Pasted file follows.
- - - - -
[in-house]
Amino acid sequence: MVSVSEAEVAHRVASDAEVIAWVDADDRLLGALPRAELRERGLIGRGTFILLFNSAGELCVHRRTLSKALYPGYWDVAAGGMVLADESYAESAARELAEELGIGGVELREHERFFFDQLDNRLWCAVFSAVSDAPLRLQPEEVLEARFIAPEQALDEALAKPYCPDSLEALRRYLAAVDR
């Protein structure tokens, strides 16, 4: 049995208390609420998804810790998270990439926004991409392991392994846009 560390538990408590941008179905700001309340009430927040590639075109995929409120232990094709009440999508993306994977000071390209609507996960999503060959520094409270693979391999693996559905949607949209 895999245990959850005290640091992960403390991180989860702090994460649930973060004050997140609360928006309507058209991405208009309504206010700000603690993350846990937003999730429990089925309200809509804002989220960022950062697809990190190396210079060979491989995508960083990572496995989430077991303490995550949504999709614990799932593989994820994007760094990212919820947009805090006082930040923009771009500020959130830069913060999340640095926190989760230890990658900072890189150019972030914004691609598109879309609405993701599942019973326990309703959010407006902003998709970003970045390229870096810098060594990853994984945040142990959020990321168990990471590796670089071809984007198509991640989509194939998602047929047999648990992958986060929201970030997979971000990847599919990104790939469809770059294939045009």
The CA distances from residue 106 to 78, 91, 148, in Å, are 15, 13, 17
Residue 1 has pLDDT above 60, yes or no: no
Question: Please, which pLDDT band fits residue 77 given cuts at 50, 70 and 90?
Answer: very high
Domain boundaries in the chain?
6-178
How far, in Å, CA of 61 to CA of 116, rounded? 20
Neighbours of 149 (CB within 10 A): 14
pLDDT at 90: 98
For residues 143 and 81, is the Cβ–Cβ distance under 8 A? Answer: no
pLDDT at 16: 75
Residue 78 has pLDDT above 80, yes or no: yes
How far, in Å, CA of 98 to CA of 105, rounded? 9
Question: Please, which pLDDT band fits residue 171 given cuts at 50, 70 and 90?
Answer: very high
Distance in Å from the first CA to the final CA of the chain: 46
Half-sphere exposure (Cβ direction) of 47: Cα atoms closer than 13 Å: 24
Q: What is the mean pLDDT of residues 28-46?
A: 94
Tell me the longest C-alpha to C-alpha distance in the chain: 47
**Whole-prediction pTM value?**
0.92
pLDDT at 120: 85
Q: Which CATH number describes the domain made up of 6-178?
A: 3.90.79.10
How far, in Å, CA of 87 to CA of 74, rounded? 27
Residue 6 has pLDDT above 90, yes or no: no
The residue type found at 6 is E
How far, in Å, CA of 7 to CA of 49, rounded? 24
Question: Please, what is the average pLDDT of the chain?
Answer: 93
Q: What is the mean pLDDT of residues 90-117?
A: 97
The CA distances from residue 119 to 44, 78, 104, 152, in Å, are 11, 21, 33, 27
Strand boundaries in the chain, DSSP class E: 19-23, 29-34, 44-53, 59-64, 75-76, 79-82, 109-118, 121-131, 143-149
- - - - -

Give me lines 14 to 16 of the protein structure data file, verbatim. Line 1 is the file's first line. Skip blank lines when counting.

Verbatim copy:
pLDDT at 16: 75
Residue 78 has pLDDT above 80, yes or no: yes
How far, in Å, CA of 98 to CA of 105, rounded? 9